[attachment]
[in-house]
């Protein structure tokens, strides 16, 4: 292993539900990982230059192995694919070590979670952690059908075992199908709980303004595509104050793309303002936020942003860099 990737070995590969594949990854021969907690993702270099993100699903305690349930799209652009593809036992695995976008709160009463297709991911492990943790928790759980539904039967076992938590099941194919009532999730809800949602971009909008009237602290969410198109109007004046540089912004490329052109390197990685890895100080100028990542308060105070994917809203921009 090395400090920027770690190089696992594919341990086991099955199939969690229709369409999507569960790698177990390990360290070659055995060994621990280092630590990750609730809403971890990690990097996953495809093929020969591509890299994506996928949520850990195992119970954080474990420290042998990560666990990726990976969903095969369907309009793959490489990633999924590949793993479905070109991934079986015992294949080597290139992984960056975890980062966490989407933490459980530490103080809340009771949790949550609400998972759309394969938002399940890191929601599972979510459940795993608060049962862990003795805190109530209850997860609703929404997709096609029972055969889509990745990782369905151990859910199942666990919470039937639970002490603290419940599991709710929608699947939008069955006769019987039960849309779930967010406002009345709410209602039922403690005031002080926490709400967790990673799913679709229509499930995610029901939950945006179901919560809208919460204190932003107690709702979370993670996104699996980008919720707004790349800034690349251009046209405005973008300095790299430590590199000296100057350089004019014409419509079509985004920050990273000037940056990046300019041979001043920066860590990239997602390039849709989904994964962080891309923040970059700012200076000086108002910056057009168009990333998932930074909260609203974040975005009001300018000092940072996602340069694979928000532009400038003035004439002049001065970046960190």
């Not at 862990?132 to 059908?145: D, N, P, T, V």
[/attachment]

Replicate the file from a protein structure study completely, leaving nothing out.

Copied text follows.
[in-house]
């Protein structure tokens, strides 16, 4: 292993539900990982230059192995694919070590979670952690059908075992199908709980303004595509104050793309303002936020942003860099 990737070995590969594949990854021969907690993702270099993100699903305690349930799209652009593809036992695995976008709160009463297709991911492990943790928790759980539904039967076992938590099941194919009532999730809800949602971009909008009237602290969410198109109007004046540089912004490329052109390197990685890895100080100028990542308060105070994917809203921009 090395400090920027770690190089696992594919341990086991099955199939969690229709369409999507569960790698177990390990360290070659055995060994621990280092630590990750609730809403971890990690990097996953495809093929020969591509890299994506996928949520850990195992119970954080474990420290042998990560666990990726990976969903095969369907309009793959490489990633999924590949793993479905070109991934079986015992294949080597290139992984960056975890980062966490989407933490459980530490103080809340009771949790949550609400998972759309394969938002399940890191929601599972979510459940795993608060049962862990003795805190109530209850997860609703929404997709096609029972055969889509990745990782369905151990859910199942666990919470039937639970002490603290419940599991709710929608699947939008069955006769019987039960849309779930967010406002009345709410209602039922403690005031002080926490709400967790990673799913679709229509499930995610029901939950945006179901919560809208919460204190932003107690709702979370993670996104699996980008919720707004790349800034690349251009046209405005973008300095790299430590590199000296100057350089004019014409419509079509985004920050990273000037940056990046300019041979001043920066860590990239997602390039849709989904994964962080891309923040970059700012200076000086108002910056057009168009990333998932930074909260609203974040975005009001300018000092940072996602340069694979928000532009400038003035004439002049001065970046960190």
């Not at 862990?132 to 059908?145: D, N, P, T, V």